(Cover picture courtesy of Goodreads.)
Forever is a long time.
The life of a hunter is a lonely one. Perhaps more for Dakota than others in her line of work. Not only is she better than anyone else at chasing down the things that go bump in the night, but her past chases her with the same tenacity.
She’s built walls around her solitary existence and that’s the way she likes it, but the past never sleeps. When she’s hired to hunt an ex-lover for murder, it’s just the first in a string of memories that will bring Dakota’s past, present and future into a collision course.
And when she agrees to take on a second case and hunt down an Ancient, a vampire over one thousand years old, it unleashes circumstances onto that collision that will shake the foundation of everything she’s built and force her, for the first time in a long while, to look to others.
Can she survive it, like she’s survived these past four centuries? Or will the weight of it all finally crush her?
[Full disclosure: I received a free ebook in conjunction with the blog tour in exchange for an honest review.]
Dakota was one of the secondary characters that really intrigued me in the first book of the Adelheid series, Cameron’s Law. That was from Sadie’s point of view and in When Forever Died we learn that Sadie has hired Dakota as a freelance hunter to work on a job-by-job basis. But what happens when a job comes across Dakota’s desk that brings her long-suppressed past back to the surface?
Even though we met Dakota briefly in the first book I was extremely excited to read about her adventures in this second book and I certainly wasn’t disappointed. Dakota has had a hard life as we learn through various flashbacks and her powers have not made life easy for her. Even though it would be pretty cool to morph into anything or anyone you’d like it doesn’t solve all of your problems—sometimes it even causes them as she learns when she starts tracking down a rogue Ancient. When she discovers that a former lover of hers and someone even closer to her are involved with this Ancient and his mysterious but clearly nefarious plans, things definitely get interesting. It’s very gratifying to see Dakota change throughout the course of the story as she learns more about herself and her past but also begins to look more to the present and begins to appreciate the people around her. She’ll never be the life of the party by any stretch of the imagination but it was nice to see her begin to realize that maybe people aren’t so bad at all.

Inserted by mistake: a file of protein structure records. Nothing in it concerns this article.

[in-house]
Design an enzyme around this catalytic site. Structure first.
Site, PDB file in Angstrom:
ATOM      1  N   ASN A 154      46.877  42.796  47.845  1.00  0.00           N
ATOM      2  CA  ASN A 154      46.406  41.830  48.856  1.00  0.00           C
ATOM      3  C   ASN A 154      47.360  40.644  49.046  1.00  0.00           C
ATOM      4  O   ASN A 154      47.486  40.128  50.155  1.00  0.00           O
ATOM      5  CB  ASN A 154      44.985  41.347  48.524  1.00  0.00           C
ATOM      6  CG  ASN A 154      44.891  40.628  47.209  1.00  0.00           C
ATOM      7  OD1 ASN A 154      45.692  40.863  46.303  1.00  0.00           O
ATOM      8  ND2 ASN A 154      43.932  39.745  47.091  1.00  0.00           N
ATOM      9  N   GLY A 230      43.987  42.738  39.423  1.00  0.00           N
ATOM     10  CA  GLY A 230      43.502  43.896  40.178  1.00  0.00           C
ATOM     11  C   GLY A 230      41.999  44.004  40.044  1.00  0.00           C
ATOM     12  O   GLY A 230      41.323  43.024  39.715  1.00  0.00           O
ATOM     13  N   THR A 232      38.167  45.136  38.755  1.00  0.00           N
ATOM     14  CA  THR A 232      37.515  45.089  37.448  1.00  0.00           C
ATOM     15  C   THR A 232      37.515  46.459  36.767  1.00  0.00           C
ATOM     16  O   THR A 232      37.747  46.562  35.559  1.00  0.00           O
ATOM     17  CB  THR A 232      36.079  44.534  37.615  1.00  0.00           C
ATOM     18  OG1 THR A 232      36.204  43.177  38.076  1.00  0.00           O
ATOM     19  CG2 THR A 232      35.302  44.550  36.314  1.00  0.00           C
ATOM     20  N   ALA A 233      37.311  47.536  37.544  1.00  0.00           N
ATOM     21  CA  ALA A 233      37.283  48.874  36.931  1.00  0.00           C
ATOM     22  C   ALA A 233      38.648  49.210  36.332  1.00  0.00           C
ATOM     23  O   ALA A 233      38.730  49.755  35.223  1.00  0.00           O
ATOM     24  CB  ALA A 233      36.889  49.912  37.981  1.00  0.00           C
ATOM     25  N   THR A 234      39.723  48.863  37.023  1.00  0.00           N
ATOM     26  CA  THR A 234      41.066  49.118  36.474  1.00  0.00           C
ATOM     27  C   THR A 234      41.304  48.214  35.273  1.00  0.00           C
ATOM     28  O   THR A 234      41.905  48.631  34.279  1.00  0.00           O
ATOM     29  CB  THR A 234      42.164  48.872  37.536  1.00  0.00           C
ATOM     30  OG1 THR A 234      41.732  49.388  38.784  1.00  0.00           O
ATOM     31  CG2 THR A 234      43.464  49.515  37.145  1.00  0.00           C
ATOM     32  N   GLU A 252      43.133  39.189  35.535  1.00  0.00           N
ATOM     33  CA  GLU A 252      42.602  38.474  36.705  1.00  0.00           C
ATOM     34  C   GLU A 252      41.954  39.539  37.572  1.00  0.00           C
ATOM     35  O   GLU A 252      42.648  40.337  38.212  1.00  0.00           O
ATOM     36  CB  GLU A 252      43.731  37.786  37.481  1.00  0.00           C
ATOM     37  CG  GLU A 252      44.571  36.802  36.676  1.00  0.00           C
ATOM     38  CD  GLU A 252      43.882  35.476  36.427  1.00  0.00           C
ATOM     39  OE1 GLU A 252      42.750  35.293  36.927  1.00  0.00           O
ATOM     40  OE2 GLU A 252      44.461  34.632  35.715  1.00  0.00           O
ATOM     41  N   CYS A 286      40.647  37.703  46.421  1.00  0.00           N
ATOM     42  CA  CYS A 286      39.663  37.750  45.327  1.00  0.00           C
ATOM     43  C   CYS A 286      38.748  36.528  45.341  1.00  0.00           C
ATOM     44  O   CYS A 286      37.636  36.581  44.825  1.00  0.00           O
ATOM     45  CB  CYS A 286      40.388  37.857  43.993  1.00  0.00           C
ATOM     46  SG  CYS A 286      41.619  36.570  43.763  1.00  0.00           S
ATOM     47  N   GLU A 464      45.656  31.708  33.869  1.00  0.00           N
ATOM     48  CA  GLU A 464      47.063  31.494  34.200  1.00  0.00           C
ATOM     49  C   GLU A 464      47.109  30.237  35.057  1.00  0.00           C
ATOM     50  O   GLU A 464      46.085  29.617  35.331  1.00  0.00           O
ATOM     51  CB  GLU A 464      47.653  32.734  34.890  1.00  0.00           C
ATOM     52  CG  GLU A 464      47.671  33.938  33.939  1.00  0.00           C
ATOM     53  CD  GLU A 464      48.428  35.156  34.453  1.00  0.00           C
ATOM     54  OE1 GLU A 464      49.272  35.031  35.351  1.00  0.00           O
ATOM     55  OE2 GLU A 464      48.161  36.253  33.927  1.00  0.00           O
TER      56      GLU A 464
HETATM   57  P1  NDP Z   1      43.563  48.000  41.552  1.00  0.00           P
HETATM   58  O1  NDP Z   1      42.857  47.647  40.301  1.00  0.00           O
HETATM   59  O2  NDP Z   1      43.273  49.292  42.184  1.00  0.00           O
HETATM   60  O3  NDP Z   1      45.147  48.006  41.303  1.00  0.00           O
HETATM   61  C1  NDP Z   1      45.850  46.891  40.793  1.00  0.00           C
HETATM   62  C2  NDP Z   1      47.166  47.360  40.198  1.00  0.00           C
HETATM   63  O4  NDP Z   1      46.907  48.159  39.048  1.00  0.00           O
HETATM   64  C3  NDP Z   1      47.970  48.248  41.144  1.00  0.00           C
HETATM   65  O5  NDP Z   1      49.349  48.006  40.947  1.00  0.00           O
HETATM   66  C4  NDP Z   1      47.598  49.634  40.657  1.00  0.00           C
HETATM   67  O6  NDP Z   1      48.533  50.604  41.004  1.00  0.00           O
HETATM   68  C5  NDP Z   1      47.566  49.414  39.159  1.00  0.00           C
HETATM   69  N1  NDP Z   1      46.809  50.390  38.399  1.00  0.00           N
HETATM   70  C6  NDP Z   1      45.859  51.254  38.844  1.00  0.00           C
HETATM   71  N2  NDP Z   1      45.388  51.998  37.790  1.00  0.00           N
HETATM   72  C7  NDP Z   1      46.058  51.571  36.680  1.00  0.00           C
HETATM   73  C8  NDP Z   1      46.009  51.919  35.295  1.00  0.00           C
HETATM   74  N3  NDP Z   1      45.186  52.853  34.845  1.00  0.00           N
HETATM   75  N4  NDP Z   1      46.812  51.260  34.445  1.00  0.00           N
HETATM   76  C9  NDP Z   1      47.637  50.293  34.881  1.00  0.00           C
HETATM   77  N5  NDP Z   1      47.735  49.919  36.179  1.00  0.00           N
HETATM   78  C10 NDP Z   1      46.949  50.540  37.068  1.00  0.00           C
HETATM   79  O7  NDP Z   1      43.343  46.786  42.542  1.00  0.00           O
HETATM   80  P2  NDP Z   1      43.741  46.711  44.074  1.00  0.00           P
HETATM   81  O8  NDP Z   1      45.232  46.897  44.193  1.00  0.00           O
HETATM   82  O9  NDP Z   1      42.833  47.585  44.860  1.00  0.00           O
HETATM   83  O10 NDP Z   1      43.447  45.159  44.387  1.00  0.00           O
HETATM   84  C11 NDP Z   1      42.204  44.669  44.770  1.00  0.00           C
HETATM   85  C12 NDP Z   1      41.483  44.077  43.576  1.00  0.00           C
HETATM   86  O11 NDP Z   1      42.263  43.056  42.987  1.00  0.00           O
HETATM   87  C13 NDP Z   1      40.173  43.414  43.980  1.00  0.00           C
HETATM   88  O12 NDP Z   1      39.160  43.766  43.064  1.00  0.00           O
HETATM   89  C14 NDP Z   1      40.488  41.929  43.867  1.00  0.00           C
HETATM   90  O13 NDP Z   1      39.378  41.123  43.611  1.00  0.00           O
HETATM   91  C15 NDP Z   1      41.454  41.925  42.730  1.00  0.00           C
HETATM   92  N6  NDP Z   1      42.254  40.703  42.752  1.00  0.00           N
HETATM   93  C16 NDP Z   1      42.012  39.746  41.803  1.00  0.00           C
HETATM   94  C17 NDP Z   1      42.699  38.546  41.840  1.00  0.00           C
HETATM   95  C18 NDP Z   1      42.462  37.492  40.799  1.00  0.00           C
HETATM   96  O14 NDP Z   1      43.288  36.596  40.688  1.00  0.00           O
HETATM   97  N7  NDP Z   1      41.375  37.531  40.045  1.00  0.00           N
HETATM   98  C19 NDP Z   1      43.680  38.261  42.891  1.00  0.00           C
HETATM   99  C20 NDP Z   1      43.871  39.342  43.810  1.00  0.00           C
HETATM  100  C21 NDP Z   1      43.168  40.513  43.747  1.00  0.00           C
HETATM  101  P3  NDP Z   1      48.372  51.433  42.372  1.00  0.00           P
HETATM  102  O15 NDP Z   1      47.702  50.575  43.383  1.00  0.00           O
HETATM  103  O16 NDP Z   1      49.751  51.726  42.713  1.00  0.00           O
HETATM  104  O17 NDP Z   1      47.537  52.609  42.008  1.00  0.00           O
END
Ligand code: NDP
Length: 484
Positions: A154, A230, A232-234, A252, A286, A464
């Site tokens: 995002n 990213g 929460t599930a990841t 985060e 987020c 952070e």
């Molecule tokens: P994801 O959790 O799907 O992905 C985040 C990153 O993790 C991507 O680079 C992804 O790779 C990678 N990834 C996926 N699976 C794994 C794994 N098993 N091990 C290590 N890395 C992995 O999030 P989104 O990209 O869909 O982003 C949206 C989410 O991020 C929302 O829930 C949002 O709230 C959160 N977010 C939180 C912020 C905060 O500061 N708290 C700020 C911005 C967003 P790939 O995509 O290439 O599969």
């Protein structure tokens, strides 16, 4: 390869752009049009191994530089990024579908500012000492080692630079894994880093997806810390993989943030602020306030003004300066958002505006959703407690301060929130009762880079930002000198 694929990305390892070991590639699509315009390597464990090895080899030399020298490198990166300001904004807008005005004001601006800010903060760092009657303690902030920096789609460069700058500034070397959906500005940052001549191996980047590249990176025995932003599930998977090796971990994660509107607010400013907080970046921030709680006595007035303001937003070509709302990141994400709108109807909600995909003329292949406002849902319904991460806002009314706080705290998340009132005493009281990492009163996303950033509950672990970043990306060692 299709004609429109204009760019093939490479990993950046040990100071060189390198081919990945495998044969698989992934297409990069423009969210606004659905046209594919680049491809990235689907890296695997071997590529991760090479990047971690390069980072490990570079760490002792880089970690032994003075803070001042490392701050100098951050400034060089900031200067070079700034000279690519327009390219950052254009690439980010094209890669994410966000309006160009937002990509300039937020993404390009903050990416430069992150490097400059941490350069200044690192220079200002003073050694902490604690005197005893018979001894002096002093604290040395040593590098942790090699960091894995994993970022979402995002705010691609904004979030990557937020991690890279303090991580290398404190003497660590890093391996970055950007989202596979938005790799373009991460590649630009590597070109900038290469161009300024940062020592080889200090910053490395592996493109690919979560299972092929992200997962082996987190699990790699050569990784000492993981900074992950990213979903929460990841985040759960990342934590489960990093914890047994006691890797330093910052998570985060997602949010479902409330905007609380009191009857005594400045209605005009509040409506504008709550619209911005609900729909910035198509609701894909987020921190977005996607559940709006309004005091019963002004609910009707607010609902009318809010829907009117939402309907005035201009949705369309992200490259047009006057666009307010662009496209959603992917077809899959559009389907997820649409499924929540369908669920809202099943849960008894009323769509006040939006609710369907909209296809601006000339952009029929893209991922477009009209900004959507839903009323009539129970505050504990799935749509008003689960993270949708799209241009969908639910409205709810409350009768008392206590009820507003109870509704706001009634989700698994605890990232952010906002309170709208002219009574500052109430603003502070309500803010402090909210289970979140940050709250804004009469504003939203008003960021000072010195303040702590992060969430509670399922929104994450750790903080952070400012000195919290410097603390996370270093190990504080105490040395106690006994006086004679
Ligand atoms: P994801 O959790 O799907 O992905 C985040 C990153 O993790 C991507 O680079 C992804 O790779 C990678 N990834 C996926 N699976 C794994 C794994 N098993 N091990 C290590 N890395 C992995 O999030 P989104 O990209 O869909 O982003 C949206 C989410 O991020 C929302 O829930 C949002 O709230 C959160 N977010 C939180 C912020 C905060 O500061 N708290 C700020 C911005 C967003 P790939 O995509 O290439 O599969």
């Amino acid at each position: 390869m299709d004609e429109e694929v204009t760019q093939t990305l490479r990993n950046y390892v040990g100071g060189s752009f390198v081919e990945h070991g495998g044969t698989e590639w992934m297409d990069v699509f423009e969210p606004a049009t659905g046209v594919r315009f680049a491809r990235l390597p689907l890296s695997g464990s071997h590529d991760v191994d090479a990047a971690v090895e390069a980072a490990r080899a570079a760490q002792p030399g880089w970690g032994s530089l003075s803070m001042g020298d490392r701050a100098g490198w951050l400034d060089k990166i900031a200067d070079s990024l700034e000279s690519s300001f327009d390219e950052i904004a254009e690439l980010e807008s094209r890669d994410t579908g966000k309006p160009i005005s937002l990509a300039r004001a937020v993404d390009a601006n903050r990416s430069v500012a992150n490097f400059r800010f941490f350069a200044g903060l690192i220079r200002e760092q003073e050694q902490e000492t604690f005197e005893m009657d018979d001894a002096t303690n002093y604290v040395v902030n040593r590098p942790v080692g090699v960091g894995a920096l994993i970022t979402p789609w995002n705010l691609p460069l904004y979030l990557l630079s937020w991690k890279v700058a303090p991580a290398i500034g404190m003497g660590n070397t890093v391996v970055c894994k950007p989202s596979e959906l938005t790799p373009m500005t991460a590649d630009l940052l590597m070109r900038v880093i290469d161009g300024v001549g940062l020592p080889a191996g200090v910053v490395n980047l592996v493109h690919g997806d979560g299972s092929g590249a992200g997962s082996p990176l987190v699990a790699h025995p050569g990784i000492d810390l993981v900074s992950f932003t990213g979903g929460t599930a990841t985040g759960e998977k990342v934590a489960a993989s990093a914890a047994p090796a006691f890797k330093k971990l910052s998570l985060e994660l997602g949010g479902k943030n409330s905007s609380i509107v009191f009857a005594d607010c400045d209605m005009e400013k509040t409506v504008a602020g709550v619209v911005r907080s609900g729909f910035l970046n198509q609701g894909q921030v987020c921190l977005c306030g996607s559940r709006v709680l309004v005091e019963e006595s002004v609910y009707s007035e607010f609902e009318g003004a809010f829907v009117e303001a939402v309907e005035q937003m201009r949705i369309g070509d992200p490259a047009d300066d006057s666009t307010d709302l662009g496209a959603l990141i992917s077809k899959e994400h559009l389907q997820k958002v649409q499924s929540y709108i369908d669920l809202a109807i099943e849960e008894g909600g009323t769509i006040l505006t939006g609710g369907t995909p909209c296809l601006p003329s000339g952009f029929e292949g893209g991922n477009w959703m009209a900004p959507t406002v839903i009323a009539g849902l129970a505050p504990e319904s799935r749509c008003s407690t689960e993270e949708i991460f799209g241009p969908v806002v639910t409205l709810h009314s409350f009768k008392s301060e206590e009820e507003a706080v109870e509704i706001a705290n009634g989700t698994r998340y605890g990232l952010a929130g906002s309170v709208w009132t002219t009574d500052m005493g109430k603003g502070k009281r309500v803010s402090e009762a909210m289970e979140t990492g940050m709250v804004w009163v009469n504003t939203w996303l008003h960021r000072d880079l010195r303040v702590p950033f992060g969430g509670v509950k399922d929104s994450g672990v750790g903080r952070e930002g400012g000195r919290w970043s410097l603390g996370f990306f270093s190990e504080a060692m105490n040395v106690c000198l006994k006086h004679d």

Even if the plot sucked, Dakota would have carried the day and still made this a good book. However, the plot was awesome as well. Tracking an Ancient isn’t easy, particularly when they don’t want to be found and they have immensely powerful beings helping them. Add into that a seemingly insane secret society of supposedly reincarnated figures from Norse legends and you’ve got a very interesting and extremely fast-paced plot. Nothing is as it seems and of course nothing is simple in Adelheid’s supernatural community.
Speaking of the supernatural community, I absolutely love Mia Darien’s world-building. In Cameron’s Law we mainly see the world of vampires and werewolves as well as the human opposition to the fact that they are now considered human beings with full legal rights. Here in When Forever Died we see Dakota’s extremely rare species of shapeshifter, one that can turn into whatever they like whereas normal shapeshifters are restricted to one animal form like Sadie’s weretiger boyfriend Vance. Just because almost a year has passed since the events of the first book doesn’t mean that humans are more accepting of the supernatural community, though. And just because the supernatural community is ecstatic that they’re allowed to live in the open doesn’t mean some of them bear any less hatred of humans than before. Mia Darien is good at not only creating unique species of supernatural creatures but also creating complex and believable political systems within and without the supernatural community.
Even if you haven’t read the first book, you can certainly start the series at When Forever Died or any of the other books in the series because each stands alone quite well. They’re all interconnected in fascinating ways but you don’t have to start right at the beginning because they all feature different characters. It’s a great way to go about a series like this and I have to say that I can’t wait to read the other three books.
I give this book 5/5 stars.